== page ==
In the March 28, 2011 issue of the Law Times (Vol 22 No 11) Michael McKiernan wrote about the recent case of R v Balgobin, 2011 ONCJ 108: "Breath evidence tossed". In his article McKiernan reports on the views of Balgobin's counsel, Richard Posner who reportedly commented that many police officers would avoid giving rights to counsel and view it as a nuisance. The cases indeed raises some concerns about the reported conduct of the officer involved, but is there really an epidemic of officers trying to avoid giving rights to counsel?
Balgobin was charged with "over 80". At trial he brought a motion to exclude the breath readings (which were almost twice the legal limit) on the basis that there had been a violation of section 10(b). On the facts, as outlined by McKiernan, it seems there could be little doubt that there was a breach. The officer apparently told the accused he might have to wait for two hours for a call back from a lawyer and despite the accused asking more than 30 questions about his legal rights the accused did not in fact ever take the opportunity to exercise his rights as he felt that he might be released faster if he did not exercise his right to counsel. After finding that this conduct amounted to a violation of section 10(b) the trial judge went on to exclude the samples under section 24(2).
In his article McKiernan outlines Richard Posner's views on the case (Mr Posner was counsel for Balgobin). Amongst those views are one that might catch your attention. Posner is reported to suggest that the case highlights the attitude of many police officers about the right to counsel; he then stated "[t]here's a feeling that it's a technicality, something they've got to get done...[a]nd if it can be avoided, so much the better. It's a nuisance for them".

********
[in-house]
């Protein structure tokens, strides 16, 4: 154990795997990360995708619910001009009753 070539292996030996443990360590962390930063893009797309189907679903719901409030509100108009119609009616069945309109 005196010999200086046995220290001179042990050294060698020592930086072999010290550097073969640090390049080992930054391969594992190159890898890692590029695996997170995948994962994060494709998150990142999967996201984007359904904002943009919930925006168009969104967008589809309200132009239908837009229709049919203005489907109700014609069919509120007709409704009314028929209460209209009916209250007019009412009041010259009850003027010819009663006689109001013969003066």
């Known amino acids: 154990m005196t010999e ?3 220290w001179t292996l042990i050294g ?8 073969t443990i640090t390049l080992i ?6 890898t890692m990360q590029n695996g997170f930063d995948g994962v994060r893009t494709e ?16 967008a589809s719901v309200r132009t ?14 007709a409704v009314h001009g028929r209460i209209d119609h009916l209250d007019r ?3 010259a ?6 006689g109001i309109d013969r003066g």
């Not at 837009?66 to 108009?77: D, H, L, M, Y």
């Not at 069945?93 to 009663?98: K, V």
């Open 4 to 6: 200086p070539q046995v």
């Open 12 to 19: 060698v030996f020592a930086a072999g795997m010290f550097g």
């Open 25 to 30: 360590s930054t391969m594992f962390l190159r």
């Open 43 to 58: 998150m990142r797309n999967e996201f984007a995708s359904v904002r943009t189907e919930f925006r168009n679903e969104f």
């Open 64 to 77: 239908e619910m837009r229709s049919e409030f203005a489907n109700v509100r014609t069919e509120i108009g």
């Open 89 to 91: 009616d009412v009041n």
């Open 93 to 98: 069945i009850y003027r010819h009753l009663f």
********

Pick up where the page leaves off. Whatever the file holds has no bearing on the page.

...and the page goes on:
Is this really the view of "many police officers"? With respect, despite what appears to be troubling conduct on the part of the officer in Balgobin, it seems unfair and unfounded to use that decision as an opportunity to indict "many" other officers. Indeed, consider how many impaired/"over 80" trials take place everyday in Canadian courts; then do a quick search and see how many section 10(b) violations are found everyday...there are some; they are not the majority.
Police officers sometimes make mistakes. Others sometimes carelessly violate an accused's rights; still others may recklessly do so. Most police officers, however, actually take the Charter seriously and respect an accused's rights guaranteed thereunder. There is no epidemic of officers disrespecting the Charter - quite the contrary, which is undoubtedly one of the reasons why the Supreme Court brought about change to the section 24(2) regime in R v Grant, 2009 SCC 32.